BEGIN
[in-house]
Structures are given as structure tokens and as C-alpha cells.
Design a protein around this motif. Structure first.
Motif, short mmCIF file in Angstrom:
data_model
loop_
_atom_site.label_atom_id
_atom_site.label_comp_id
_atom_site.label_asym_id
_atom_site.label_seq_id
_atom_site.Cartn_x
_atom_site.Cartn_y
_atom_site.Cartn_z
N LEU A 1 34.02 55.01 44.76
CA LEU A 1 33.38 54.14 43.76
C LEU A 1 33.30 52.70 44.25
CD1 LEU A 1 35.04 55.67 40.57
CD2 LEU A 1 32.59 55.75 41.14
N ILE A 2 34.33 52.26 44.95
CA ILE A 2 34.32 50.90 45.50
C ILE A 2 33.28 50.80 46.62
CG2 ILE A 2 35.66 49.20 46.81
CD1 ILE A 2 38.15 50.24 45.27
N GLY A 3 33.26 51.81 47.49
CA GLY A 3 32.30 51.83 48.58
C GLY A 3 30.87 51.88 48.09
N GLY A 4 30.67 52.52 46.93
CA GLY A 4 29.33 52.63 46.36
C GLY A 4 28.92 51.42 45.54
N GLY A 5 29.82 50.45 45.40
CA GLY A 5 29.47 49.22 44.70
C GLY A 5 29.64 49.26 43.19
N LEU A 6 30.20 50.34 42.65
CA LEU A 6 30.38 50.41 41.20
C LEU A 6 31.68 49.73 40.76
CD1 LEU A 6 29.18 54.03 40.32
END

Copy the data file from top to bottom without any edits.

[in-house]
Structures are given as structure tokens and as C-alpha cells.
Design a protein around this motif. Structure first.
Motif, short mmCIF file in Angstrom:
data_model
loop_
_atom_site.label_atom_id
_atom_site.label_comp_id
_atom_site.label_asym_id
_atom_site.label_seq_id
_atom_site.Cartn_x
_atom_site.Cartn_y
_atom_site.Cartn_z
N LEU A 1 34.02 55.01 44.76
CA LEU A 1 33.38 54.14 43.76
C LEU A 1 33.30 52.70 44.25
CD1 LEU A 1 35.04 55.67 40.57
CD2 LEU A 1 32.59 55.75 41.14
N ILE A 2 34.33 52.26 44.95
CA ILE A 2 34.32 50.90 45.50
C ILE A 2 33.28 50.80 46.62
CG2 ILE A 2 35.66 49.20 46.81
CD1 ILE A 2 38.15 50.24 45.27
N GLY A 3 33.26 51.81 47.49
CA GLY A 3 32.30 51.83 48.58
C GLY A 3 30.87 51.88 48.09
N GLY A 4 30.67 52.52 46.93
CA GLY A 4 29.33 52.63 46.36
C GLY A 4 28.92 51.42 45.54
N GLY A 5 29.82 50.45 45.40
CA GLY A 5 29.47 49.22 44.70
C GLY A 5 29.64 49.26 43.19
N LEU A 6 30.20 50.34 42.65
CA LEU A 6 30.38 50.41 41.20
C LEU A 6 31.68 49.73 40.76
CD1 LEU A 6 29.18 54.03 40.32